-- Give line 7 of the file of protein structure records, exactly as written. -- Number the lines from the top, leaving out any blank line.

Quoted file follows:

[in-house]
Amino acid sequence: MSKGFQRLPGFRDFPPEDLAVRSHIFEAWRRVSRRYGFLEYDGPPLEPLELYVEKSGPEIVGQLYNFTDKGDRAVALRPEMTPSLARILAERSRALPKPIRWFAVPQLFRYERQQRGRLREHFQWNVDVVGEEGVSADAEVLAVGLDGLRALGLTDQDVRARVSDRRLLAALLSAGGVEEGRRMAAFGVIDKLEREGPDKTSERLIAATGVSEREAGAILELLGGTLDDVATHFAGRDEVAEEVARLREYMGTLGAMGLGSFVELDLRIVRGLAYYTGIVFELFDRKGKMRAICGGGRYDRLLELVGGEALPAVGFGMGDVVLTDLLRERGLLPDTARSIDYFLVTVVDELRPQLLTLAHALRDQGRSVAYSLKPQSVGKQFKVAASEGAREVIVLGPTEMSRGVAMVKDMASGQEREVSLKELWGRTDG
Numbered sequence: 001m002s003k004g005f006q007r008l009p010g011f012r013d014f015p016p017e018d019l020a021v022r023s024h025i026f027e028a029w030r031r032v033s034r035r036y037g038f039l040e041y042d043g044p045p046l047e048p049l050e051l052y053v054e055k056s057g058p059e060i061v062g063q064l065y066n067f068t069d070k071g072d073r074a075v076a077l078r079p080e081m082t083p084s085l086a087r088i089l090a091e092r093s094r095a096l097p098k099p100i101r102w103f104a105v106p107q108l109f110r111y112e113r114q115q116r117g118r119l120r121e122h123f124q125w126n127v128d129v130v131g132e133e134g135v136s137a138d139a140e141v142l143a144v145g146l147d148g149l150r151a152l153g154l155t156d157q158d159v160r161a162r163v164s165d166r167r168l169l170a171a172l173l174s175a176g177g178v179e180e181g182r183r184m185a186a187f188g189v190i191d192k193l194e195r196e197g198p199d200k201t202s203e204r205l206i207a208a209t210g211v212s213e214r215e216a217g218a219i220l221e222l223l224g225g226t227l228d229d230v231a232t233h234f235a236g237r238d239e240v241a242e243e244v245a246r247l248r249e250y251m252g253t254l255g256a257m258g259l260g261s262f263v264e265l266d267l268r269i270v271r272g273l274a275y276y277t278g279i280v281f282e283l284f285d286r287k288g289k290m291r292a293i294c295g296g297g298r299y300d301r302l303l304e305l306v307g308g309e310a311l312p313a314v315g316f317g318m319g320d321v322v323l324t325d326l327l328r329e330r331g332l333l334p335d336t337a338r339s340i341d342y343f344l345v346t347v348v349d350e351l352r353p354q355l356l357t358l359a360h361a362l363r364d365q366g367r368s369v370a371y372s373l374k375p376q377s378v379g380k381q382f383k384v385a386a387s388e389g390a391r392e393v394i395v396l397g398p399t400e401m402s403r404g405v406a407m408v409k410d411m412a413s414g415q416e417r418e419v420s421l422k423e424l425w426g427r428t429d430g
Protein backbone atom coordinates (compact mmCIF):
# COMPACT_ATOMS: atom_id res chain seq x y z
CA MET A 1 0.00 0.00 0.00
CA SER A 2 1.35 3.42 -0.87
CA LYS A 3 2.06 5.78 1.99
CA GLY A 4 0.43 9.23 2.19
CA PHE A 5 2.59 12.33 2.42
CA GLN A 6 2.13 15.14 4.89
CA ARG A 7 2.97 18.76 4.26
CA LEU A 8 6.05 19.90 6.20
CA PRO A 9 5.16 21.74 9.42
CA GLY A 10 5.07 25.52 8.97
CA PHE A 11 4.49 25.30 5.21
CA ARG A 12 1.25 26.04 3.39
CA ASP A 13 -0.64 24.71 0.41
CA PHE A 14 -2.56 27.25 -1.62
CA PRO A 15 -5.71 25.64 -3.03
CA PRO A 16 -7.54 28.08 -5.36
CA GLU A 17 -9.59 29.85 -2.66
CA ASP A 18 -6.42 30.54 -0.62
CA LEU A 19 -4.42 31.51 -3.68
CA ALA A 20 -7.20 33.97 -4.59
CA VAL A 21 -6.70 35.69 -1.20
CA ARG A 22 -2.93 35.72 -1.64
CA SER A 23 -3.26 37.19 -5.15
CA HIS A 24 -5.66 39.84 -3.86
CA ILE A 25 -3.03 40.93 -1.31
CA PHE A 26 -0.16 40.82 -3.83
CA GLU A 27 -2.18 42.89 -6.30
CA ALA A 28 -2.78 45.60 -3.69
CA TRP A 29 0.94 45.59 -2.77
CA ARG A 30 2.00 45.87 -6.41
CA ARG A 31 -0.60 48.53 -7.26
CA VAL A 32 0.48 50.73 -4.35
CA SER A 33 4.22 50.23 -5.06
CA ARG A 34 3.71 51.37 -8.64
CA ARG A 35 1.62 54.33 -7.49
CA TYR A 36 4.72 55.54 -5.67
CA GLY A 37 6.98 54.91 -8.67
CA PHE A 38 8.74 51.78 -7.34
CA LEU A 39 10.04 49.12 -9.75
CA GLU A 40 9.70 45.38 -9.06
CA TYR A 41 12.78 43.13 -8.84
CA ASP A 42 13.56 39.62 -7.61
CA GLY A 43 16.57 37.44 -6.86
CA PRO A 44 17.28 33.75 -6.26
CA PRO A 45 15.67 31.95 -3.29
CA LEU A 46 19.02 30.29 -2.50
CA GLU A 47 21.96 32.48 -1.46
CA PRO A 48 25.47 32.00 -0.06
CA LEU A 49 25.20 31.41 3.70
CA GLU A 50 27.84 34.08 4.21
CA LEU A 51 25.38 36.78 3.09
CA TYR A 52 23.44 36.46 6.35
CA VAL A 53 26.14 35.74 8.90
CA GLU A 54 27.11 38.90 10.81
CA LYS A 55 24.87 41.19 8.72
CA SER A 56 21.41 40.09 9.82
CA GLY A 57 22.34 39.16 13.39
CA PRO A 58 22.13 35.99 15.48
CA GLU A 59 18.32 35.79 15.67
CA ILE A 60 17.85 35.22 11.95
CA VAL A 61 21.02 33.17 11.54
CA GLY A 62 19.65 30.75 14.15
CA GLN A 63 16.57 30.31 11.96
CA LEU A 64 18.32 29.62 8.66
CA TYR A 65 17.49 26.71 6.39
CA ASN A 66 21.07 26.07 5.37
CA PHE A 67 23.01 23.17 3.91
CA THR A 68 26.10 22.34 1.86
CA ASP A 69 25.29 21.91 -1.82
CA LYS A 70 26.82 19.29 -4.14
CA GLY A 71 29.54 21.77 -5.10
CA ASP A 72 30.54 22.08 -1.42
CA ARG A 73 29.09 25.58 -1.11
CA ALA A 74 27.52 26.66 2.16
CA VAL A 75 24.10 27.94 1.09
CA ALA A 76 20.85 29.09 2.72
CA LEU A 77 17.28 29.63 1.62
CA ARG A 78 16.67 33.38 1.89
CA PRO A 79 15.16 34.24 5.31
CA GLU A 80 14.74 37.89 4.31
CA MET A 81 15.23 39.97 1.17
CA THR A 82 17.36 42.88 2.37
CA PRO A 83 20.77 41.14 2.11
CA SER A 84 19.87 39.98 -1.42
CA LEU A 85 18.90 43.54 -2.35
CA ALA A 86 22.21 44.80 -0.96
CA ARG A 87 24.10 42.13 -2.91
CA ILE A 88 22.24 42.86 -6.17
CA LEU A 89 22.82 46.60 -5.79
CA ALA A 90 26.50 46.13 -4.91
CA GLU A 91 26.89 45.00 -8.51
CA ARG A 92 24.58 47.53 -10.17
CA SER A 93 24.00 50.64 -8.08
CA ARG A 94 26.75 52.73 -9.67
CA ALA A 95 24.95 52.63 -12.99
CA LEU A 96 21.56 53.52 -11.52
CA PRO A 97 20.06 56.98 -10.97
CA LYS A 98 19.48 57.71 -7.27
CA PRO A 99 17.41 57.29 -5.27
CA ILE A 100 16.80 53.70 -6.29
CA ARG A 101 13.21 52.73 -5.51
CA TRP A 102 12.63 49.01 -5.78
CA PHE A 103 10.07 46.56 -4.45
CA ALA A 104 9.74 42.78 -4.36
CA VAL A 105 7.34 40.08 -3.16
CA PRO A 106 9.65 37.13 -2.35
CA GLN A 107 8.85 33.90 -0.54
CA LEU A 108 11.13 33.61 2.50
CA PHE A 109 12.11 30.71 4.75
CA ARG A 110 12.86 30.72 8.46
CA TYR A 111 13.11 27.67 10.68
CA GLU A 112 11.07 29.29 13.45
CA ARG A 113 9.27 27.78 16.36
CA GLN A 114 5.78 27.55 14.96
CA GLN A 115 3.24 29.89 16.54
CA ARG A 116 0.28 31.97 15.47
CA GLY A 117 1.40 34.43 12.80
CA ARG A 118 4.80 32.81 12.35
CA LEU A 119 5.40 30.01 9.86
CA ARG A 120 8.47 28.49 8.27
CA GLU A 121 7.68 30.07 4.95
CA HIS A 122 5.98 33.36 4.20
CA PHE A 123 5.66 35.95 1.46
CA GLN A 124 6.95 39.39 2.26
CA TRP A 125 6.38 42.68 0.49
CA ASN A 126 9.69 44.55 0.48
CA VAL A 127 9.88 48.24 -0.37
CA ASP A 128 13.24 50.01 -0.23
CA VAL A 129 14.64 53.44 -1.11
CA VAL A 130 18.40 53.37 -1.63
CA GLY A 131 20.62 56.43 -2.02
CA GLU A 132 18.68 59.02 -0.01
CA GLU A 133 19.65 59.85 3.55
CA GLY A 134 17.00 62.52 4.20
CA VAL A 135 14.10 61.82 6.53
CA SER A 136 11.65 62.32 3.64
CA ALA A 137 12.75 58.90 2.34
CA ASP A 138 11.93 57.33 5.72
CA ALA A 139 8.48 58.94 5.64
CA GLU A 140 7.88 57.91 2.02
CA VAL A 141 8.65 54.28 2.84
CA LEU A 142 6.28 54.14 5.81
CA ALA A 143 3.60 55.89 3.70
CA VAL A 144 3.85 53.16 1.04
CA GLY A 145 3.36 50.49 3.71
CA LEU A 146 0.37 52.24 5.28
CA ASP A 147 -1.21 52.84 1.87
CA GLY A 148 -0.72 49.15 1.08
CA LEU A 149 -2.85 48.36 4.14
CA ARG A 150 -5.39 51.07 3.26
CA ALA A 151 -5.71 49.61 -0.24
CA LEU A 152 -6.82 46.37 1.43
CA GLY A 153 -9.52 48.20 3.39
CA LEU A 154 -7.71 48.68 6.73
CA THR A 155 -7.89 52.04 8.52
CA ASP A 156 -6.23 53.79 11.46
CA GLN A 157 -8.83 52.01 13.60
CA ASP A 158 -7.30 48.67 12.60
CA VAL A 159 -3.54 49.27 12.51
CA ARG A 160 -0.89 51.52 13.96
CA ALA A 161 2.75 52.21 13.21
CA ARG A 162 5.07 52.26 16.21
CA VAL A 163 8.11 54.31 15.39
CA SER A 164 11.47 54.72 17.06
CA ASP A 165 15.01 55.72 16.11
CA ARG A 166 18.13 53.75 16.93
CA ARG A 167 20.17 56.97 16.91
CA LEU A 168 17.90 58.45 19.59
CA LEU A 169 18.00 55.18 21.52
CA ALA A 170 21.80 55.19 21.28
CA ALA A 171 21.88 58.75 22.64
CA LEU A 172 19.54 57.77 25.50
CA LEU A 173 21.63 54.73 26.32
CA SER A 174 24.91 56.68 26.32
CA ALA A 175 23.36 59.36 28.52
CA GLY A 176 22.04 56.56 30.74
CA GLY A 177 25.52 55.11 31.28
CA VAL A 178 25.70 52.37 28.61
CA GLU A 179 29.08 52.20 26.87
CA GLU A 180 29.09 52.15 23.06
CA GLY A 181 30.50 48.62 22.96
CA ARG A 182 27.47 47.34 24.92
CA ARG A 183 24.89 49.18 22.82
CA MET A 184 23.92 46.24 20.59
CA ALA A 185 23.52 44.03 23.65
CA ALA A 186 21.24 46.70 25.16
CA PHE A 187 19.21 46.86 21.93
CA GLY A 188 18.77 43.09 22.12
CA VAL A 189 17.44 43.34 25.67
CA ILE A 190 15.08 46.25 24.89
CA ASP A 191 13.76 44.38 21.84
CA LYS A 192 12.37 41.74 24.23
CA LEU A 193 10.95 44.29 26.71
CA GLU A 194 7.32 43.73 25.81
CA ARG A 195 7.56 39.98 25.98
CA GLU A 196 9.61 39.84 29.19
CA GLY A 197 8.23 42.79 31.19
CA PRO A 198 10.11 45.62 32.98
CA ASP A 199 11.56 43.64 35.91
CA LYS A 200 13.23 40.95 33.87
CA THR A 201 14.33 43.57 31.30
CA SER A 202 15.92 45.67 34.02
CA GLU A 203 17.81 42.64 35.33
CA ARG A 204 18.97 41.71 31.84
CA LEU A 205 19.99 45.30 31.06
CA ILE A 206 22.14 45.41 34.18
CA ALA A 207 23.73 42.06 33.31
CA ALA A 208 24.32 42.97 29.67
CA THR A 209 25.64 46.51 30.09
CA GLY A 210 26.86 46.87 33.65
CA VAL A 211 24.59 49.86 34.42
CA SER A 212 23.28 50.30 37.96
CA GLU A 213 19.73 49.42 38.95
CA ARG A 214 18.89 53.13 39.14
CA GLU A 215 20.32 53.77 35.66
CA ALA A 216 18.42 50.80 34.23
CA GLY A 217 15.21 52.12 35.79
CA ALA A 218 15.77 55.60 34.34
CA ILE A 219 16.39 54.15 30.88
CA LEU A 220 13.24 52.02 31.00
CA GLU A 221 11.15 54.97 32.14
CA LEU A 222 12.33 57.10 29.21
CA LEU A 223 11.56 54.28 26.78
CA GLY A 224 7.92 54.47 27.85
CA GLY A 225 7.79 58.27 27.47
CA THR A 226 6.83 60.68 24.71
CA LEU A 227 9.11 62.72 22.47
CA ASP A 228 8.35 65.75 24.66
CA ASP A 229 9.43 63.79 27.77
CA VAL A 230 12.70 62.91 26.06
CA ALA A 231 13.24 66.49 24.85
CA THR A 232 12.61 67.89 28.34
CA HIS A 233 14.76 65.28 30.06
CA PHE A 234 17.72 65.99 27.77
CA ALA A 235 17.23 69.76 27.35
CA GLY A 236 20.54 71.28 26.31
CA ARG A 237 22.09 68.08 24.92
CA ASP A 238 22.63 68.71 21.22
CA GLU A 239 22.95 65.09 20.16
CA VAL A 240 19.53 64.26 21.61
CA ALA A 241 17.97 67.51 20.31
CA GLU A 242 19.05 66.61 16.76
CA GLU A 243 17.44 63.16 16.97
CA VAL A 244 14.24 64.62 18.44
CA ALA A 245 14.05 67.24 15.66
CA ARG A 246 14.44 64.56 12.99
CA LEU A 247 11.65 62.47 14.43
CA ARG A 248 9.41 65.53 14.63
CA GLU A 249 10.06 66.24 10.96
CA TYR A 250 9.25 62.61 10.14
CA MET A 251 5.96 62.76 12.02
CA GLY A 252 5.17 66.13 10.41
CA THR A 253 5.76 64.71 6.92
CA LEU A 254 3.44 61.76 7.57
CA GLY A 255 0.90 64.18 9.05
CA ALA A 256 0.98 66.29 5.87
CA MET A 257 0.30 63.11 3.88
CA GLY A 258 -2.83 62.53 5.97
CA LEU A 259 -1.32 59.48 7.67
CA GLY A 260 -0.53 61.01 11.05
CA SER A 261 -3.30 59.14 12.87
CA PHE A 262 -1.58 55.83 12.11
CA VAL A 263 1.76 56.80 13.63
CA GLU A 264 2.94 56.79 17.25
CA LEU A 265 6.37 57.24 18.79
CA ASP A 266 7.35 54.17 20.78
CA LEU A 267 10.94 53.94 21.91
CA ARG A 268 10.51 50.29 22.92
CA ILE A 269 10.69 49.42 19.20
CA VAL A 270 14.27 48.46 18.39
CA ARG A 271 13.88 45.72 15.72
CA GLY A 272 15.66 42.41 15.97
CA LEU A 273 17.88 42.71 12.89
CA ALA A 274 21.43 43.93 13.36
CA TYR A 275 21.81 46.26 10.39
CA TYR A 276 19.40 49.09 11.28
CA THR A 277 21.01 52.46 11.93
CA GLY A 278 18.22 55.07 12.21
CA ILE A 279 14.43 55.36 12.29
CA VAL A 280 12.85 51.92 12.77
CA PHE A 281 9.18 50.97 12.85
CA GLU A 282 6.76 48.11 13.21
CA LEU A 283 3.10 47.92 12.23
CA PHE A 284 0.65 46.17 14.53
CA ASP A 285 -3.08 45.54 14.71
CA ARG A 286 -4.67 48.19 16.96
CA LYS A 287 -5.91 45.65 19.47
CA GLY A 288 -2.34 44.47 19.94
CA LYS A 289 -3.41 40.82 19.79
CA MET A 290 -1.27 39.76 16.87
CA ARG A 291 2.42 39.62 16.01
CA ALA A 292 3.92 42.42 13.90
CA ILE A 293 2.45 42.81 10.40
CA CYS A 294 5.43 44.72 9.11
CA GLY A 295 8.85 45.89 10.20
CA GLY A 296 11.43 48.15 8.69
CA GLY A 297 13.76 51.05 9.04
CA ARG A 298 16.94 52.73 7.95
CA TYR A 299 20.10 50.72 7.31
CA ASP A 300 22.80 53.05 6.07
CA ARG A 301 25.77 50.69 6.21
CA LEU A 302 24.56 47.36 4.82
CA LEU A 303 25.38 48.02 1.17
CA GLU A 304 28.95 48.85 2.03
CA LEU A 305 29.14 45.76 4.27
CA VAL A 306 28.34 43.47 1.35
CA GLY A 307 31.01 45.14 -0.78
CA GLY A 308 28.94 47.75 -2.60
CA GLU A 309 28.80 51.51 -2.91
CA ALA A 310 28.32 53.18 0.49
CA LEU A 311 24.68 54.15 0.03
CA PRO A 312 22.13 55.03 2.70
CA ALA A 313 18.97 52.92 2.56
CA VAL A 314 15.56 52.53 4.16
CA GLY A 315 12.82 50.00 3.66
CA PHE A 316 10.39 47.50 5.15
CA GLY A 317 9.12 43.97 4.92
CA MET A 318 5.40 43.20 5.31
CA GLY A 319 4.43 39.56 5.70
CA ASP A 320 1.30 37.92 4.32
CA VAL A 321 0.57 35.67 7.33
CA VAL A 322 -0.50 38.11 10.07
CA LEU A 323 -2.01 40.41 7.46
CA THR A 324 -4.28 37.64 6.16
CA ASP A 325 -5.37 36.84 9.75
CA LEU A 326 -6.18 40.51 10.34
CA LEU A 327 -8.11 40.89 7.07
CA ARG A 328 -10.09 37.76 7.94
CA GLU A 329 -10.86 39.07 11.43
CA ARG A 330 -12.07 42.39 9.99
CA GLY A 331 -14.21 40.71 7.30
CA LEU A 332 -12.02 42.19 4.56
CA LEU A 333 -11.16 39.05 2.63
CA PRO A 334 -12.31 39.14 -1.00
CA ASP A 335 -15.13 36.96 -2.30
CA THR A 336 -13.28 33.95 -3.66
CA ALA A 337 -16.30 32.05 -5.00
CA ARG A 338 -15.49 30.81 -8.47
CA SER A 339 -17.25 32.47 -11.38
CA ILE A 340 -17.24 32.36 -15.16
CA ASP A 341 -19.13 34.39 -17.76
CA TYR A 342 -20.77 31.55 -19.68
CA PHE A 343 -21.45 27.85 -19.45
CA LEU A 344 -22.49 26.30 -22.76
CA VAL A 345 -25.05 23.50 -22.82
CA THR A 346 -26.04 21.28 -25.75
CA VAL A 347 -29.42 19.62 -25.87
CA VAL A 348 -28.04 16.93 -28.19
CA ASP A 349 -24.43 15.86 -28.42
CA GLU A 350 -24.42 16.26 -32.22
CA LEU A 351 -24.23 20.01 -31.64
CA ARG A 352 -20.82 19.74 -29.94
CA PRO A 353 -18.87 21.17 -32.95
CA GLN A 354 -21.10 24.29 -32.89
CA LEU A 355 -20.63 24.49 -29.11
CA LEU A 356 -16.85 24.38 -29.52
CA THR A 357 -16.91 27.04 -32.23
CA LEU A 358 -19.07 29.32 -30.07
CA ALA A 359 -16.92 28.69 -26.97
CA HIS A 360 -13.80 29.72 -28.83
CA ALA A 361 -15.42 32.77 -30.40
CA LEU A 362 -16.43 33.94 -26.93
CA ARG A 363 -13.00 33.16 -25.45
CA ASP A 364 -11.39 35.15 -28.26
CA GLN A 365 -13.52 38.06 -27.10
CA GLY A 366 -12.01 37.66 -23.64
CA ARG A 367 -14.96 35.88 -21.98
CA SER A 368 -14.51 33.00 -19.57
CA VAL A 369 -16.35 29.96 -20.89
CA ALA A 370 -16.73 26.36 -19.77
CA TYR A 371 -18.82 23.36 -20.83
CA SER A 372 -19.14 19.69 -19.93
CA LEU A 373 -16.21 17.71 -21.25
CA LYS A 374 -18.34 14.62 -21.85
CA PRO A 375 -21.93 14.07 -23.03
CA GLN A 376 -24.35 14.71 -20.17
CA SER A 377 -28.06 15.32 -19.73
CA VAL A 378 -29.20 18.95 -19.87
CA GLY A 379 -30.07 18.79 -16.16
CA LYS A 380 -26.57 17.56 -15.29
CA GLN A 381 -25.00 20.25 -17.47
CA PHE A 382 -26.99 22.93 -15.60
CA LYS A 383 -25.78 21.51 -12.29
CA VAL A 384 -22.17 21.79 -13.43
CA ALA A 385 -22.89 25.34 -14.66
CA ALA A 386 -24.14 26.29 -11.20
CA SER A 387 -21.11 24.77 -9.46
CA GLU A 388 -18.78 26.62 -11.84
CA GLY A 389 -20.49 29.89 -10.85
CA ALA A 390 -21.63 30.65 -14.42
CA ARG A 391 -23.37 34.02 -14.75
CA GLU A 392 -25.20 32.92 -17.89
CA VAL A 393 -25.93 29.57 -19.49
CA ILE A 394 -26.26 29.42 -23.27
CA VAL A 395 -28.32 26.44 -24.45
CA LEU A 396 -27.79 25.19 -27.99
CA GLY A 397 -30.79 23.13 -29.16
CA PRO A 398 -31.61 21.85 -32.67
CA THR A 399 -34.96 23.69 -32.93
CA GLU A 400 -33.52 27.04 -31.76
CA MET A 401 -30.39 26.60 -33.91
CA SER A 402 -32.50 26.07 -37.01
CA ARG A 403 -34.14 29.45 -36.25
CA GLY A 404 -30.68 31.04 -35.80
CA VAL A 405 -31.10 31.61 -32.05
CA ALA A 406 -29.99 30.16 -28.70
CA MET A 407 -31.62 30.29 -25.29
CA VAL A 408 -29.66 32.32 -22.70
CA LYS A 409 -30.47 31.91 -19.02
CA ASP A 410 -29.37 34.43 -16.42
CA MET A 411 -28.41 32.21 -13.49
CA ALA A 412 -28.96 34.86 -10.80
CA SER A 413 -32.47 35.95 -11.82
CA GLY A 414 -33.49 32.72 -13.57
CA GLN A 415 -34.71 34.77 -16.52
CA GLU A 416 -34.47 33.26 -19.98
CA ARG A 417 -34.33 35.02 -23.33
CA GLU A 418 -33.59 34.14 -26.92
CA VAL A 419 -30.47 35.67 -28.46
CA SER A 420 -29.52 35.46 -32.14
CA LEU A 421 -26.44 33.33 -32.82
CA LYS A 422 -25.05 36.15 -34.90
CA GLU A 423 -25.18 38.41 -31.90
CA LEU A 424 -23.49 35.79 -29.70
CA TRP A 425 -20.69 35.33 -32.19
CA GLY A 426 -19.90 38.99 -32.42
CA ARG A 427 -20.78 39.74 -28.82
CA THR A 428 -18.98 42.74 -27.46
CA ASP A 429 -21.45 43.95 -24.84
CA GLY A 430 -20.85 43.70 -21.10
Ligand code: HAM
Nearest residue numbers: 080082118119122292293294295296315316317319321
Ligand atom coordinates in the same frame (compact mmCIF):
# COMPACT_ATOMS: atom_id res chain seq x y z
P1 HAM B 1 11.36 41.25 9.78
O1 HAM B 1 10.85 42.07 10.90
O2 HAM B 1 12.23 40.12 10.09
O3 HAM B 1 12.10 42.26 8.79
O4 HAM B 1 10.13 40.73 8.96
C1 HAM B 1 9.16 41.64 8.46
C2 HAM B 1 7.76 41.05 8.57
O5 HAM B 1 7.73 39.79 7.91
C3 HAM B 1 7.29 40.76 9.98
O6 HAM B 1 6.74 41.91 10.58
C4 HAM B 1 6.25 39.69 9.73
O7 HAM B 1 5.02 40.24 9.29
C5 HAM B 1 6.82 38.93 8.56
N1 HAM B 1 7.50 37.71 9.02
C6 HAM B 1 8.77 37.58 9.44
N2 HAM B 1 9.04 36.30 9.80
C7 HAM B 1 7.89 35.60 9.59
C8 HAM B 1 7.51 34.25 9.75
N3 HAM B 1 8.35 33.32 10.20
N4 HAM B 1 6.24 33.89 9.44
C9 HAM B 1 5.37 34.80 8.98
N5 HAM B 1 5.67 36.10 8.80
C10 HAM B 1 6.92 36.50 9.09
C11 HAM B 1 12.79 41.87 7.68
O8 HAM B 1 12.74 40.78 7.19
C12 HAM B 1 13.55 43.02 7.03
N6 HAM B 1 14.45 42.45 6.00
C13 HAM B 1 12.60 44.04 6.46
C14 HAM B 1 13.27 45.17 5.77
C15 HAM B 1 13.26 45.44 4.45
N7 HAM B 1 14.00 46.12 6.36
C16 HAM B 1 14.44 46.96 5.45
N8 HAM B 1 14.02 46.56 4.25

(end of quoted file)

CA SER A 2 1.35 3.42 -0.87